Sophie’s prides itself on cooking Cuban food the traditional way. Its ropa vieja uses flank steak, which shreds beautifully but toughens during the lengthy cooking time. I’m not gonna lie: Sophie’s ropa vieja requires some serious jaw work. But when the food tastes that good, the extra work is worth it. The rice, beans, plantains, and ropa vieja are all served at different temperatures. The rice and beans are savory and pleasantly warm, like they came out of a pan that had been resting on the stove for a while. The plantains are often lukewarm but perfectly caramelized and tender without becoming mushy. The temperature of the ropa vieja depends on how good your timing is. If a new batch has just been placed in the pan, then it can be mouth-burningly hot. If it’s a been a while, then the stew has the same temperature as a second helping at a family dinner. Nothing is too spicy, but everything is well seasoned. Only after eating every last grain of rice could we have a normal chat about school and the post-grad life.
The first Sophie’s Cuban location I went to was up by Columbus Circle, but I’ve also visited the East Village, midtown, and Brooklyn spots more than once. Whenever I feel I need a home-cooked meal, I know just where to go. My favorite way to enjoy Sophie’s is to go to the location by Columbus Circle; order the shredded beef with plantains, beans, and yellow rice; ask for extra green sauce; and then take the whole bag to Central Park and sit on the big rock by the entrance to eat and people-watch.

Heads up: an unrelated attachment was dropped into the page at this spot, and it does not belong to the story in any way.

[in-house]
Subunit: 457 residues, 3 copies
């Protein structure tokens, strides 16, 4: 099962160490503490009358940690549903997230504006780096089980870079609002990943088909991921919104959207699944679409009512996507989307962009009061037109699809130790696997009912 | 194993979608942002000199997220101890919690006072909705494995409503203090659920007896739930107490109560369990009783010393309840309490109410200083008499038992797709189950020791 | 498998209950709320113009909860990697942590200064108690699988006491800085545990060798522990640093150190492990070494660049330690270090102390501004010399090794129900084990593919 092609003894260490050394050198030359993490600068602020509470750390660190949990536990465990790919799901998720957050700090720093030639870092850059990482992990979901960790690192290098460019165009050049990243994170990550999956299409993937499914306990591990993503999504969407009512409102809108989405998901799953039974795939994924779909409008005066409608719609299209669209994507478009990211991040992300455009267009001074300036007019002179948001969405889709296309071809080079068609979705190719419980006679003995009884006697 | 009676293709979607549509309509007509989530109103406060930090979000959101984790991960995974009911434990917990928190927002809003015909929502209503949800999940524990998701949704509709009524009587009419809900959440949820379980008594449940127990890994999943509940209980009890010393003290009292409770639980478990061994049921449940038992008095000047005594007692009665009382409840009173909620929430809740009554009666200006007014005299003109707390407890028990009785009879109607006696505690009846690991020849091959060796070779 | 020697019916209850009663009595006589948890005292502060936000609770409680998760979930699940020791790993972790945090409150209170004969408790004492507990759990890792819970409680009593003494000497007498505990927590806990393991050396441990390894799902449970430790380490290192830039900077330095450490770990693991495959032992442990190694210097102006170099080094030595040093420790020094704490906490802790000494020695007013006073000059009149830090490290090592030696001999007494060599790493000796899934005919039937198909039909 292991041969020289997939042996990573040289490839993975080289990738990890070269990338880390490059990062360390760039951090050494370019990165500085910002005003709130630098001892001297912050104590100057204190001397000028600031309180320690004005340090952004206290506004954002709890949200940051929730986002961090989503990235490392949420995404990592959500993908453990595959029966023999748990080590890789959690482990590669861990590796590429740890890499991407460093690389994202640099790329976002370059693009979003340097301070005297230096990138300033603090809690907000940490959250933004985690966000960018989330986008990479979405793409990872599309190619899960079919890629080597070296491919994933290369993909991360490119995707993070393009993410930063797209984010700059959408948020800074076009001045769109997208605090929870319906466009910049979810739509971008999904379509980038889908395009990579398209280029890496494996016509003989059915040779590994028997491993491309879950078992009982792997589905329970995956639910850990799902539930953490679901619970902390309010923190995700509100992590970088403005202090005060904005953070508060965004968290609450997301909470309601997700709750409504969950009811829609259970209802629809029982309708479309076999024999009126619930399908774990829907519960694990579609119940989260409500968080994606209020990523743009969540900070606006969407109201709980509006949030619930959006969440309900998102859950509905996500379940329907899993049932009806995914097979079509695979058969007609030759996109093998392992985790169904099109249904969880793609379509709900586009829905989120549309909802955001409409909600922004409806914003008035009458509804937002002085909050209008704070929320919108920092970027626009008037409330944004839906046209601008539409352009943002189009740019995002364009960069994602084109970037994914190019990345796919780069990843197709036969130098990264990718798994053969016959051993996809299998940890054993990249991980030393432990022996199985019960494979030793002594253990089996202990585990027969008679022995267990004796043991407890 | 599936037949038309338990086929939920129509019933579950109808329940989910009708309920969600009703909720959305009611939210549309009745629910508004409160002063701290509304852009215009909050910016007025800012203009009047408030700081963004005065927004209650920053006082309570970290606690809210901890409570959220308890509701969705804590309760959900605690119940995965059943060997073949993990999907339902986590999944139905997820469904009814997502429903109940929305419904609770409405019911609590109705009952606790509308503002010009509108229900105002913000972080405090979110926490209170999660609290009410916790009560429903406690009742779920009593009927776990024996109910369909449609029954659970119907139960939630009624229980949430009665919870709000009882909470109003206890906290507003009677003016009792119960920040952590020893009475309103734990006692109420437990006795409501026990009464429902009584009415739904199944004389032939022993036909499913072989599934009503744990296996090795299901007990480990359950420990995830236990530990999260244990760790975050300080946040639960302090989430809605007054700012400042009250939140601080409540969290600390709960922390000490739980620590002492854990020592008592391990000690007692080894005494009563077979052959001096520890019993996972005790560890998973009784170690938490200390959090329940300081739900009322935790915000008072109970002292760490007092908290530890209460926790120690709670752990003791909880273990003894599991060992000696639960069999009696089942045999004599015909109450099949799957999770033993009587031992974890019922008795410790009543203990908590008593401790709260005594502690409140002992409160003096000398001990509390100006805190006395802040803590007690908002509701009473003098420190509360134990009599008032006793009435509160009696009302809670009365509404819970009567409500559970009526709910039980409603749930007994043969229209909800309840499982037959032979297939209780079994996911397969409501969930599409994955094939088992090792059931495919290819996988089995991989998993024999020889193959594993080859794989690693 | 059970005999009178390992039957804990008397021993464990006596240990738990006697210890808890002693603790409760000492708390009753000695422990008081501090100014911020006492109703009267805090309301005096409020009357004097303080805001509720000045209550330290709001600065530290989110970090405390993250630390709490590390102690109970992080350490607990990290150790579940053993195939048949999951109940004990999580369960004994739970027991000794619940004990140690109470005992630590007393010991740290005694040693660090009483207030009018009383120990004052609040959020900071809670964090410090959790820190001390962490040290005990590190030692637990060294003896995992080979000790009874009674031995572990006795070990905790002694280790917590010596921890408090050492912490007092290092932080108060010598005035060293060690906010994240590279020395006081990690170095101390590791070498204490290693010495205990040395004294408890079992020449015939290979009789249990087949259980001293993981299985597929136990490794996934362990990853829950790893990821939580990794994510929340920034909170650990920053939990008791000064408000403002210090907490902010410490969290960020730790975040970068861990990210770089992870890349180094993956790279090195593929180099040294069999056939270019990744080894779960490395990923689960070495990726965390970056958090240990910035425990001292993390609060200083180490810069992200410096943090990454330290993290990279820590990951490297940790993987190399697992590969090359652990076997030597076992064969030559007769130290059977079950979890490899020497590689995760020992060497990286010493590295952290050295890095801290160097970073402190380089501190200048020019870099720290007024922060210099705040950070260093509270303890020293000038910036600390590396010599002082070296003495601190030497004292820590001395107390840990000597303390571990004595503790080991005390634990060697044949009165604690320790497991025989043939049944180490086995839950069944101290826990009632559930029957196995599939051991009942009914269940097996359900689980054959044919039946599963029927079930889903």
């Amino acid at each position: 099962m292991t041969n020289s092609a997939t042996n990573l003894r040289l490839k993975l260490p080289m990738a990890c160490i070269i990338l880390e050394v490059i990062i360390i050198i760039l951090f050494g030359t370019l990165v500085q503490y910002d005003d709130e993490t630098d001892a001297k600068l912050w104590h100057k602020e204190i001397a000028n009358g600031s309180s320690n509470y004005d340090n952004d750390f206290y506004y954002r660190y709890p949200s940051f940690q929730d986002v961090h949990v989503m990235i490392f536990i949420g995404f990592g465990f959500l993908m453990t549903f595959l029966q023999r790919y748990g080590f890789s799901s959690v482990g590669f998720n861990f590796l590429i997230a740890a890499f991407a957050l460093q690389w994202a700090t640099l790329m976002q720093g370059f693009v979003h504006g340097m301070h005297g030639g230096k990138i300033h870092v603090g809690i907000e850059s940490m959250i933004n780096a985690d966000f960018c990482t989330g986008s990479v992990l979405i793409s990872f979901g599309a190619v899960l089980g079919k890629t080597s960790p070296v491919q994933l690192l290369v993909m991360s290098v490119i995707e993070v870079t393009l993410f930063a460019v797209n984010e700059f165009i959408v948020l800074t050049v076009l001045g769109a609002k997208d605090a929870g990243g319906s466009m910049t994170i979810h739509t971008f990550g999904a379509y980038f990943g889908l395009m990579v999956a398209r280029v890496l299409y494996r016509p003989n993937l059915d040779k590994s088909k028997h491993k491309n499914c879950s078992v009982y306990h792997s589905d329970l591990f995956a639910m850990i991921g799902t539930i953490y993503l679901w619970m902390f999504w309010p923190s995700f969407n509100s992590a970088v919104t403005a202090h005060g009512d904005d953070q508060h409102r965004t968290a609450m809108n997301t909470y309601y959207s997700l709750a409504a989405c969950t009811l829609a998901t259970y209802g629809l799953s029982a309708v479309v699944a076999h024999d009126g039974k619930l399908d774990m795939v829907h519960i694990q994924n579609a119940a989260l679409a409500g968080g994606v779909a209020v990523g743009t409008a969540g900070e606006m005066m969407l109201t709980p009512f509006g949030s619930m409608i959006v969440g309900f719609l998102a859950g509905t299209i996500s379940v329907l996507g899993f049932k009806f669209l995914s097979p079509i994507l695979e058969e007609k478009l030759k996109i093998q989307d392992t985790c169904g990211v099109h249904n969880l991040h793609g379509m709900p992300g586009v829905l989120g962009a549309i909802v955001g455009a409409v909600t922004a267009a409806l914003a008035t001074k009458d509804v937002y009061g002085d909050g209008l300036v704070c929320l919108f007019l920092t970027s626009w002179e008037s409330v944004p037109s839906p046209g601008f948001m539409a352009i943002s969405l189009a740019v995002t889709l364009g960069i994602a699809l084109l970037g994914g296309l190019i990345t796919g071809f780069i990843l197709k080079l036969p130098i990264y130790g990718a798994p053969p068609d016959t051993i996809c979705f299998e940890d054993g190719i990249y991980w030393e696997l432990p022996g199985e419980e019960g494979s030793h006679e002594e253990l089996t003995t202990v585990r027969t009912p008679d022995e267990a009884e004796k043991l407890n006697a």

Eating Sophie’s Cuban on that rock was the first time I felt at home in New York. I was only a month into my life here and still very homesick. I was missing the security that comes from being close to my family and I was missing the food I could get in Chicago. But while I was eating that meal, I was reminded of home, warm memories, and, of course, the island I fell in love with. I eat at Sophie’s whenever I get stressed at work or when I’m hosting a guest from out of town. Like all comfort food, it’s great to eat alone when you need a pick-me-up or the culinary equivalent of a warm hug, but it’s even better when enjoyed with the people you love.
Sherri Gardner is a Chicago-born, Brooklyn-based writer and editor. Her work has appeared on TripSavvy and in The Wall Street Journal. You can find more of her writing at srgardner.com.